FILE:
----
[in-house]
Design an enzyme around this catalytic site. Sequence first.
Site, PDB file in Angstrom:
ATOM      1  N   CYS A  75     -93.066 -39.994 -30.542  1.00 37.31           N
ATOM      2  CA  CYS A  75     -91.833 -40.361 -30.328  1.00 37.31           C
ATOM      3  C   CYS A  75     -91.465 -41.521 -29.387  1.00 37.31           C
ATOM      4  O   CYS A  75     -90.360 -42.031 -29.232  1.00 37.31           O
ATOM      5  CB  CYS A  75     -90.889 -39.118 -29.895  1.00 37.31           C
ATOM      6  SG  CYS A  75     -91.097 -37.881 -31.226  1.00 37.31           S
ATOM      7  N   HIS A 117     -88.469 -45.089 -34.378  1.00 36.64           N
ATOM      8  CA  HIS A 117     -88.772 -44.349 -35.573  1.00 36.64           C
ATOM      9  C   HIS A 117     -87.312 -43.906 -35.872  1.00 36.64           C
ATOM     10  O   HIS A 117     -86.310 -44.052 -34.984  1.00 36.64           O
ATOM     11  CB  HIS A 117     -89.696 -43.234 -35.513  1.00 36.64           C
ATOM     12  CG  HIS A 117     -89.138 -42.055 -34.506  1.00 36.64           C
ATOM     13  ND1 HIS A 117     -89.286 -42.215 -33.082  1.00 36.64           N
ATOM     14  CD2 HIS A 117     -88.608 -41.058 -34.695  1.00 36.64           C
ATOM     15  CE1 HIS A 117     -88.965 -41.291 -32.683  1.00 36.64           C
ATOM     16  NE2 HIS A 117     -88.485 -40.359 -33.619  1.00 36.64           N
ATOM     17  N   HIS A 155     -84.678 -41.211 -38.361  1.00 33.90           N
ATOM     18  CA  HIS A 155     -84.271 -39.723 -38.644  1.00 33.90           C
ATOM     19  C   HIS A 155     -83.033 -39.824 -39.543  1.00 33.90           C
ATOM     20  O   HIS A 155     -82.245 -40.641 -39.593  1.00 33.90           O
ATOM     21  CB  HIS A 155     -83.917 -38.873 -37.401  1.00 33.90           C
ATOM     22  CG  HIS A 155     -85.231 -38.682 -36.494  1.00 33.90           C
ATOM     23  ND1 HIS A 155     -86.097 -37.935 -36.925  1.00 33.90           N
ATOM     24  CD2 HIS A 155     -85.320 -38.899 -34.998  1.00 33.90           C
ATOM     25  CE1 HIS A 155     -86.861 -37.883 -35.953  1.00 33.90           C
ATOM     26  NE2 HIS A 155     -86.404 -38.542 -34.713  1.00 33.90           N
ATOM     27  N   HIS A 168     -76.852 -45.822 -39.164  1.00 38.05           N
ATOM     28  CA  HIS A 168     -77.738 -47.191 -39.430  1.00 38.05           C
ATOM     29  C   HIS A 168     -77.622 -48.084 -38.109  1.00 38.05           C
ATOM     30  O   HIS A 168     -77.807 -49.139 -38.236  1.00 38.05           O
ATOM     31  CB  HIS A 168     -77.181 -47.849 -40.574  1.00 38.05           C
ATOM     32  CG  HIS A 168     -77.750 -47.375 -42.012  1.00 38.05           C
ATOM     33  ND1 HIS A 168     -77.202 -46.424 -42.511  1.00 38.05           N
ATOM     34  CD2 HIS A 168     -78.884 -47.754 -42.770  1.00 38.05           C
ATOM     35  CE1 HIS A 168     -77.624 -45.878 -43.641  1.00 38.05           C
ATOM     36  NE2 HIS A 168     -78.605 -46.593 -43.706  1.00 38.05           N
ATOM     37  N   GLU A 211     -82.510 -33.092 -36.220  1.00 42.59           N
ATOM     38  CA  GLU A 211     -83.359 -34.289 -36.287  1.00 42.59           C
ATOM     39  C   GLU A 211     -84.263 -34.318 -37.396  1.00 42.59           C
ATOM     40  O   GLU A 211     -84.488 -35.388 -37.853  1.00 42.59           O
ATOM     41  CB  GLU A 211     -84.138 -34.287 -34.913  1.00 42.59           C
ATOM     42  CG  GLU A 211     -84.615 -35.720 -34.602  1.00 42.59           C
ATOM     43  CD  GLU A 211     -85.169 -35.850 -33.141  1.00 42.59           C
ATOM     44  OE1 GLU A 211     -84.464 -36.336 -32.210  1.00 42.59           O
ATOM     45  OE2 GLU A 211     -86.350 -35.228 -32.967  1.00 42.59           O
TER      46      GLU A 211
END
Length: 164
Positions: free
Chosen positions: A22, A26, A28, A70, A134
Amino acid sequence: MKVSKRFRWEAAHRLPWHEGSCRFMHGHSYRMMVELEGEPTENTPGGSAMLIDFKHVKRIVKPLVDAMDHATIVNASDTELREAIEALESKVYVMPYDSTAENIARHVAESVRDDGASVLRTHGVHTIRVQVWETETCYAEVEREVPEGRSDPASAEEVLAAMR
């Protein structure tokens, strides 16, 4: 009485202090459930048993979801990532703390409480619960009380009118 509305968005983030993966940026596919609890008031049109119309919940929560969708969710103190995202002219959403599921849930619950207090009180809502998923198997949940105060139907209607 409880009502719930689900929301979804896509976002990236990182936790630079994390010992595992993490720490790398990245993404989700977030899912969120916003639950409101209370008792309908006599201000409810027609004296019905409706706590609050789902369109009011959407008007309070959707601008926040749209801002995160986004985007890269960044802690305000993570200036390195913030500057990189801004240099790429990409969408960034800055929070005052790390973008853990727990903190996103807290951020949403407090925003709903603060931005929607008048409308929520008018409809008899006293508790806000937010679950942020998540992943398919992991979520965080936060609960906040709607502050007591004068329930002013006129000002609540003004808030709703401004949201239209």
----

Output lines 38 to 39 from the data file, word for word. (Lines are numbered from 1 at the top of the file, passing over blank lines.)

ATOM     35  CE1 HIS A 168     -77.624 -45.878 -43.641  1.00 38.05           C
ATOM     36  NE2 HIS A 168     -78.605 -46.593 -43.706  1.00 38.05           N